Are You There God? It's Me, Joel.

By Erica C. Barnett July 17, 2009

Joel Connelly's column today (headline: "Hutchison goes to church and prays—so what?") is off-base in so many ways it's hard to know where to start.

So I'll start with the obvious: His characterization of me as a "militant secularist" and "anti-religious bigot" is silly and inaccurate.

Connelly wrote:
In this era of political correctness, evangelical Christians and Catholics remain fair game for those who call themselves freethinkers.

Guilt by association, broad-brush smears, demeaning sarcasm -- tactics used by the right-wing screamers on Fox News -- get borrowed by the secular left in Seattle. [...]

The name-calling against Hutchison reads like a Karl Rove playbook adopted for use by the left. "Religious Wingnut" read a recent headline in The Stranger. Underneath, scribe Erica Barnett (now with Publicola) huffed about Hutchison's donation to "anti-choice nut job Mike Huckabee," her being a director of the "creationist Discovery Institute," and her "Bible-thumping speech" at the Governor's Prayer Breakfast.

A breakfast prayer was used as proof of Hutchison's nuttiness: "God created the magnificent universe and the world we see and the glorious beauty around us . . . Christ himself is the creator who made everything in heaven and earth."

Based on these words, Barnett accused Hutchison of wanting to teach religion in science classes.

[caption id="attachment_9746" align="alignnone" width="318" caption="Susan Hutchison"]Susan Hutchison [/caption]

OK, ignoring the irony of Connelly criticizing "name-calling" while calling me a bigot, a militant secularist, a Karl Rove wannabe, etc., let's look at what I actually wrote, and what evidence I actually cited. (Incidentally, the actual headline of my story , "Closet Case: Susan Hutchison can run be she can't hide," does not contain the words "religious wingnut"—Connelly appears to have fabricated that one out of whole cloth.) Since it's fairly common for people quoted in the press to say their words were taken out of context, I'm going to provide the context, with no cuts or deletions (and one bold added for emphasis).

From my story about Hutchison, written for The Stranger :
But don't let Hutchison's nonpartisan pretenses fool you. She's a partisan Republican with a long history of working for and donating to right-wing causes.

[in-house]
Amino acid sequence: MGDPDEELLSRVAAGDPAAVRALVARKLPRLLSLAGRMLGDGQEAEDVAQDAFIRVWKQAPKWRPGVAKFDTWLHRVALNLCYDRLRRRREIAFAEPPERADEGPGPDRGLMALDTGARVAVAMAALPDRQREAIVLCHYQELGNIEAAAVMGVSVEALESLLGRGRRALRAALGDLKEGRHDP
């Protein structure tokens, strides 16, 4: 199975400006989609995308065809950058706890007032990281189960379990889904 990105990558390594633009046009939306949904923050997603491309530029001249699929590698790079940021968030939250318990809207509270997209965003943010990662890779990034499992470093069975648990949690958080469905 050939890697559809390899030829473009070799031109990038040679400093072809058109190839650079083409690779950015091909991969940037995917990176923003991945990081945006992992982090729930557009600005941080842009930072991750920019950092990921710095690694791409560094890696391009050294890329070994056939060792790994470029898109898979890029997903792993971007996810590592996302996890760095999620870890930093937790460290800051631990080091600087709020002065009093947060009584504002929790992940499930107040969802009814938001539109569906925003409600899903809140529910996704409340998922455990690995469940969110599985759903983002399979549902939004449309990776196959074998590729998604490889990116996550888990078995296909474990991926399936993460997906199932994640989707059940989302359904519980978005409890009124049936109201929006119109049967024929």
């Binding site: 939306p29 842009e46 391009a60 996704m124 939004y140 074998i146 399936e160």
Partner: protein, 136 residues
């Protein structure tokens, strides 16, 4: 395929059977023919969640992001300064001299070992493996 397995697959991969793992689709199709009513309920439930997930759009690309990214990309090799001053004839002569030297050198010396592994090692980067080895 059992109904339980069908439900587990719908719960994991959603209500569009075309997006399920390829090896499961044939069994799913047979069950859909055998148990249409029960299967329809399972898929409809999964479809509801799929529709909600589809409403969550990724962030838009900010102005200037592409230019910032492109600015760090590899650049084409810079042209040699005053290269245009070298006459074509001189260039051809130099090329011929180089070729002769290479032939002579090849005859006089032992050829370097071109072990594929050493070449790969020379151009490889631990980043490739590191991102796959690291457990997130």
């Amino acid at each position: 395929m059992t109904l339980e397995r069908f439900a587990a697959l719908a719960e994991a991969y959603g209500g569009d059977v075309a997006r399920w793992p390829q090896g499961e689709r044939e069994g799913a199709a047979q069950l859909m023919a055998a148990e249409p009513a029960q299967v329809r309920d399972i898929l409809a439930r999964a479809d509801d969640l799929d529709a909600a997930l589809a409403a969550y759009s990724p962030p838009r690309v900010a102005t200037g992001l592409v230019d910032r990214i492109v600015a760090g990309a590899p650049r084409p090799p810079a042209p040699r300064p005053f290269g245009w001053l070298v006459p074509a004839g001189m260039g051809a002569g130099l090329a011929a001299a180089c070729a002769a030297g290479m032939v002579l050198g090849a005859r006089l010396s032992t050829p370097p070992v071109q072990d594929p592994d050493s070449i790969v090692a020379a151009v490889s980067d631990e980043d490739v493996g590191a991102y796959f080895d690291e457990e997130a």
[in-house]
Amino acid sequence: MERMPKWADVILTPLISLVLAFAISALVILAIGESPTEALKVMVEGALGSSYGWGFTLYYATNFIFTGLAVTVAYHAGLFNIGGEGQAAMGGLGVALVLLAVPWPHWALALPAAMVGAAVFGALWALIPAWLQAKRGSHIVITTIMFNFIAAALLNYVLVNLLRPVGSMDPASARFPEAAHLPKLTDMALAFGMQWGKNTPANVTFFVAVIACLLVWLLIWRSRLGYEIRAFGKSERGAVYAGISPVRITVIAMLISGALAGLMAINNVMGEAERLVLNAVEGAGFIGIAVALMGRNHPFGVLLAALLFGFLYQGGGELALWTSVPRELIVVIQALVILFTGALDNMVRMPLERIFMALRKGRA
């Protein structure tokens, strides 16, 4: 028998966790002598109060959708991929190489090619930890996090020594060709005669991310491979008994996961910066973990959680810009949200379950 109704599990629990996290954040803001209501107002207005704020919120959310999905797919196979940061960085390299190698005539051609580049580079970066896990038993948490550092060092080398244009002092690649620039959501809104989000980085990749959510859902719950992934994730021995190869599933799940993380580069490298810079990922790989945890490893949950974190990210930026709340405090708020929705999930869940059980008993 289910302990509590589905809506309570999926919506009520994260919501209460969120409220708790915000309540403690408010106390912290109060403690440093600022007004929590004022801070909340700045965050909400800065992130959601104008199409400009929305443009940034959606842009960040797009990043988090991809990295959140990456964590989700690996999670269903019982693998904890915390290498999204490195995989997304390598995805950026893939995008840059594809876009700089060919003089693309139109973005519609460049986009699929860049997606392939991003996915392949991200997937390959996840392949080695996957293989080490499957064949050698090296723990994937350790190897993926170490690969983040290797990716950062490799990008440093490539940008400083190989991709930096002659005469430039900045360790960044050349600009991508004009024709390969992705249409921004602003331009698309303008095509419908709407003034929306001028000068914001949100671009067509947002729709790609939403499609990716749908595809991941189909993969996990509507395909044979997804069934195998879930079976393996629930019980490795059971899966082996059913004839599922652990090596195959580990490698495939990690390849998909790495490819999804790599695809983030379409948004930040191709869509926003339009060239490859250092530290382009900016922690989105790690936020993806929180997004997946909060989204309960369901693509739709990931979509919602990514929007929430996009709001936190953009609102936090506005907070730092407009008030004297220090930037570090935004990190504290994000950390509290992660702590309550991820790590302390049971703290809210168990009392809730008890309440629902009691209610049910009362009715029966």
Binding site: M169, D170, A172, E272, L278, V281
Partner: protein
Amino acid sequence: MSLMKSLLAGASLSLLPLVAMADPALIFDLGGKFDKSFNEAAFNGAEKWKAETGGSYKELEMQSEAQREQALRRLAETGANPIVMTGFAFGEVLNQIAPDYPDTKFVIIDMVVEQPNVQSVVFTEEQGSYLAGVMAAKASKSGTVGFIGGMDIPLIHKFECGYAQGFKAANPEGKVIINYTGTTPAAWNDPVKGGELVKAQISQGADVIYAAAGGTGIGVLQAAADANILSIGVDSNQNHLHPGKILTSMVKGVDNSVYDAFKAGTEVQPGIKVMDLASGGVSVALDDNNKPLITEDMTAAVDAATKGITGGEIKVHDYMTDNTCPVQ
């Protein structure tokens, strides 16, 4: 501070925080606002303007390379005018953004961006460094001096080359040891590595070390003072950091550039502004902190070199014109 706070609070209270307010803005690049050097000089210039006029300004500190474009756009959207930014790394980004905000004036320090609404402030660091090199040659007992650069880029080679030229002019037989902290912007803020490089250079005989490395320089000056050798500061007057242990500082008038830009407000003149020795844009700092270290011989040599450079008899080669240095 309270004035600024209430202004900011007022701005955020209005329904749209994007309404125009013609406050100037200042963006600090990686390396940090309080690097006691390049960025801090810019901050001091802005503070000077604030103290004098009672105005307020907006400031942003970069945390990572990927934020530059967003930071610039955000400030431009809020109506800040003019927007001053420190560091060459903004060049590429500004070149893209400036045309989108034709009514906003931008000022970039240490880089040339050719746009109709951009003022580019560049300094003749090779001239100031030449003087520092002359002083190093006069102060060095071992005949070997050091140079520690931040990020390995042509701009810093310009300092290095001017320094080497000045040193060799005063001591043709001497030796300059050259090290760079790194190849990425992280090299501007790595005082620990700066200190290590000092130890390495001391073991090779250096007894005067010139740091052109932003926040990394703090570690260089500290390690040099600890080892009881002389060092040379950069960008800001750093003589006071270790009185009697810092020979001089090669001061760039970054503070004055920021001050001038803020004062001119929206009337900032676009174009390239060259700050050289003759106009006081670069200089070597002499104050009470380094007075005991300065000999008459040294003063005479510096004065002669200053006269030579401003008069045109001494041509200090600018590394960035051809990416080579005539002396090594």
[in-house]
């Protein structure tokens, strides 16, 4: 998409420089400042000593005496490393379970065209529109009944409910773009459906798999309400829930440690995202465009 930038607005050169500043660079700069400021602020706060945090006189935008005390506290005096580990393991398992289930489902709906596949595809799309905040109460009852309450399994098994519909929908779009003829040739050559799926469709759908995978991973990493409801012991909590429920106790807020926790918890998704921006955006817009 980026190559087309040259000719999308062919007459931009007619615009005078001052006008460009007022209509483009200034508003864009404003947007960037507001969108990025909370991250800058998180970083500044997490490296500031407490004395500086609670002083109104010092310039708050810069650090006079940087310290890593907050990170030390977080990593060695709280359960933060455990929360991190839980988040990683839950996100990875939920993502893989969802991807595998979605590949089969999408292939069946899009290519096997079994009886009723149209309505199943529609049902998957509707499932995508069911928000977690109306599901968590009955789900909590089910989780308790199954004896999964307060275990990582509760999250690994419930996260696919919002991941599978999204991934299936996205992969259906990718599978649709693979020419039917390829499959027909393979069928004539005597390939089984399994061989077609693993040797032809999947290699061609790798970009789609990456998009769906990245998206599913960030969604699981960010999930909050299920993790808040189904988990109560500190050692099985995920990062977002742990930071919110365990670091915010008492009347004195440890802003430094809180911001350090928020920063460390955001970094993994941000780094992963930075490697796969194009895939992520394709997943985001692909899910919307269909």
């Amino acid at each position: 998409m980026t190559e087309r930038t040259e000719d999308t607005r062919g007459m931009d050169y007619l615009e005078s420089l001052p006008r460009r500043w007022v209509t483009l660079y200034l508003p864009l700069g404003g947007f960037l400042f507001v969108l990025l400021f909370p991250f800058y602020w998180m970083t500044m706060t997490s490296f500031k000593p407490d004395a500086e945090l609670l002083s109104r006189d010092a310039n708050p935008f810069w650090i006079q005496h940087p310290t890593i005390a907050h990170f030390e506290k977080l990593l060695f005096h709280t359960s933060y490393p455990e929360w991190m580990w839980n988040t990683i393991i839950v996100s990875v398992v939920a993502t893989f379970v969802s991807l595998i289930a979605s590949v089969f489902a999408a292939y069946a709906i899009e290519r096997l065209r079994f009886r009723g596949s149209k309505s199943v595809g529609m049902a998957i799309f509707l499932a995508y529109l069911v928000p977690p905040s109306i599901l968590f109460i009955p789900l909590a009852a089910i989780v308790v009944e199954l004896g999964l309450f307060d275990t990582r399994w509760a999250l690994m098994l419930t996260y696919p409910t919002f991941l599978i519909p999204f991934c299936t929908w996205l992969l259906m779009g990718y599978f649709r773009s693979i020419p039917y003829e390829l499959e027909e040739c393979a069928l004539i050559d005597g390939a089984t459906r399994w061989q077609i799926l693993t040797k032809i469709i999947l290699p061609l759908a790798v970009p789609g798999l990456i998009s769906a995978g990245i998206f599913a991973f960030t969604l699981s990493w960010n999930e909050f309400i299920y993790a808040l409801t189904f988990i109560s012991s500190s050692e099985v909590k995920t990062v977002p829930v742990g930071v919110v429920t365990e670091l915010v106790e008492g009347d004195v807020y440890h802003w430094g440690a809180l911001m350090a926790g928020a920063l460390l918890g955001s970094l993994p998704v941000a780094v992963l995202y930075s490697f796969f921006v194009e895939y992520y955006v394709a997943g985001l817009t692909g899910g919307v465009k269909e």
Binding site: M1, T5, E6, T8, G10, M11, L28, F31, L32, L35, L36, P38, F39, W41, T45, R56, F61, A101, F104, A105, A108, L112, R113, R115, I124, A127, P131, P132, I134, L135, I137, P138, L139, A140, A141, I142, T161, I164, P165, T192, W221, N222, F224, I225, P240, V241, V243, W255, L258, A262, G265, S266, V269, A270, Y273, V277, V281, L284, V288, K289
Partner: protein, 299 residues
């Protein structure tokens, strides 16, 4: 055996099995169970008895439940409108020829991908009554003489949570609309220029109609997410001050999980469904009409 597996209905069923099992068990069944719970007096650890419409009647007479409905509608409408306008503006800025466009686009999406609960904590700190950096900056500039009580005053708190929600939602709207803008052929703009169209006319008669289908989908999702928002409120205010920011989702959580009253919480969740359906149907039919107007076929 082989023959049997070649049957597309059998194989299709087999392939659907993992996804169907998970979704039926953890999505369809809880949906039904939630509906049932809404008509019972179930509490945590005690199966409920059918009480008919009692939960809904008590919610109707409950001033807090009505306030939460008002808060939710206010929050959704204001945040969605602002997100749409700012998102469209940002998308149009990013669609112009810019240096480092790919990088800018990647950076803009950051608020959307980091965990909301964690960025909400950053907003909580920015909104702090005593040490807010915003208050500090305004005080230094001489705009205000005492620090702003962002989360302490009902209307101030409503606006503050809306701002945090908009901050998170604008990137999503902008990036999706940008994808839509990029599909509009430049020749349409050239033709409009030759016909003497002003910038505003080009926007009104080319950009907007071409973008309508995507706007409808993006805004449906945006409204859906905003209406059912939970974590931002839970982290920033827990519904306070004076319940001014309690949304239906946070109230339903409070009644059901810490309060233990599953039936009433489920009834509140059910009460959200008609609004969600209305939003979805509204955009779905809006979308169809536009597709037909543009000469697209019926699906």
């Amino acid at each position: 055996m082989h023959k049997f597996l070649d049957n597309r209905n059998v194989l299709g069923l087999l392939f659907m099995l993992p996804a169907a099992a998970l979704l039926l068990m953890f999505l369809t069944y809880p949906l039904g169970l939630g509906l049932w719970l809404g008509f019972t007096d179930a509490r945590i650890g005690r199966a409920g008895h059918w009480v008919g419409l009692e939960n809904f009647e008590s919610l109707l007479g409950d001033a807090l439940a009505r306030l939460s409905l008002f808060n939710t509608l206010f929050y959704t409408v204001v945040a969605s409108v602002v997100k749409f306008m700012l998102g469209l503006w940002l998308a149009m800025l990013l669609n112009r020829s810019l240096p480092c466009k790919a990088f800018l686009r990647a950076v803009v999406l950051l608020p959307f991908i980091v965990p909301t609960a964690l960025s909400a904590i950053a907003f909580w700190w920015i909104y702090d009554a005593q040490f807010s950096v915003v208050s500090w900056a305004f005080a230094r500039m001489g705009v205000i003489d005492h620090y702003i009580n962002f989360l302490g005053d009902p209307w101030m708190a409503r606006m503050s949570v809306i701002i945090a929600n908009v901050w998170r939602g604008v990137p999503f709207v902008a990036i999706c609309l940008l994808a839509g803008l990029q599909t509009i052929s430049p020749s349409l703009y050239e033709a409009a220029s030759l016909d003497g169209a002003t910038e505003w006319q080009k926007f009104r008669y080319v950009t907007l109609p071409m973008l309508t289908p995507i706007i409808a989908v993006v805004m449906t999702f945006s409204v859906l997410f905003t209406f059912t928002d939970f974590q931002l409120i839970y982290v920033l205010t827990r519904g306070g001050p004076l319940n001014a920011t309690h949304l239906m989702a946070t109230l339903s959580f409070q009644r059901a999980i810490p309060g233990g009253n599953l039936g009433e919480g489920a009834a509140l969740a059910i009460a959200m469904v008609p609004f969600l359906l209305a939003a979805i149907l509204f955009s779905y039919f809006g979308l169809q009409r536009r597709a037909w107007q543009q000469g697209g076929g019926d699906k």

Hutchison has given thousands of dollars to Republican candidates (including anti-choice nut job Mike Huckabee), she has served as a board member for the creationist Discovery Institute, she almost ran for state senate as a Republican in 2005, and she delivered a Bible-thumping speech at this year's Governor's Prayer Breakfast in which she sneered at "activist atheists" and evolutionary biologists like Richard Dawkins for "believing they can get by just fine" without Jesus.

Contrary to what "evolutionists" like Dawkins believe, Hutchison told prayer-breakfast attendees earlier this year, "God created the magnificent universe and the world we see and the glorious beauty around us... Christ himself is the creator who made everything in heaven and earth."

It's one thing to believe in God (as plenty of public officials, including outgoing county executive Ron Sims, do); it's quite another to advocate the teaching of religion in science classes and to condemn scientists for being scientists.

Hutchison's creationist beliefs dovetail perfectly with the Discovery Institute, the right-wing think tank where she served as a board member. Best known for pushing "intelligent design," the Discovery Institute encourages public schools to "teach the controversy," an attempt to put evolution and creationism on equal footing in science classes.

How you read that—particularly the part about belief in God having nothing to do with one's qualifications or lack thereof for public office—and get to "anti-religious bigotry" and the claim that I believe Hutchison wants to teach creationism in public school "based on the words" in the prayer I cited is beyond me.

Let's be clear: For many years, Hutchison was a director at the Discovery Institute. You can argue, as Connelly does, that "intelligent design"—the idea that the world and everything in it had a Creator—and creationism are two different things, but that's not really the issue here. I believe that neither creationism nor "intelligent design" belongs in science classes, because they have nothing to do with science. Does that make me a "bigot," as Connelly says? So be it.

Would I call Mike Huckabee an "anti-choice nutjob?" For PubliCola? Probably not. However, I certainly stand by the sentiment, and will happily back it up with documentation: Mike Huckabee, in addition to believing that the government should take away a woman's right to choose with no exceptions for the life or health of the woman, even opposes basic birth control . That is a fringe point of view. I take offense at the notion that I'm a "bigot" for believing that I deserve autonomy over my own body and refusing to vote for people who would take that right—established by the U.S. Supreme Court 36 years ago—away.

As for the "Bible-thumping speech," I think my story, including the context Connelly selectively excised, speaks for itself.

Incidentally, Connelly also tore into blogger David Goldstein, calling Goldstien "brazenly sexist" for referring to Hutchison as "Suzie." Problem is: That's how Hutchison frequently refers to herself, and what associates and friends call her. Can it be sexist to refer to women by diminutives? Absolutely. Was it in this case? I don't think so.

Connelly is Catholic, and I have no problem with that. However, unlike Connelly, I believe that the public discourse is best served by airing a whole variety of views—including those of Jews, agnostics, and people who don't believe in God.
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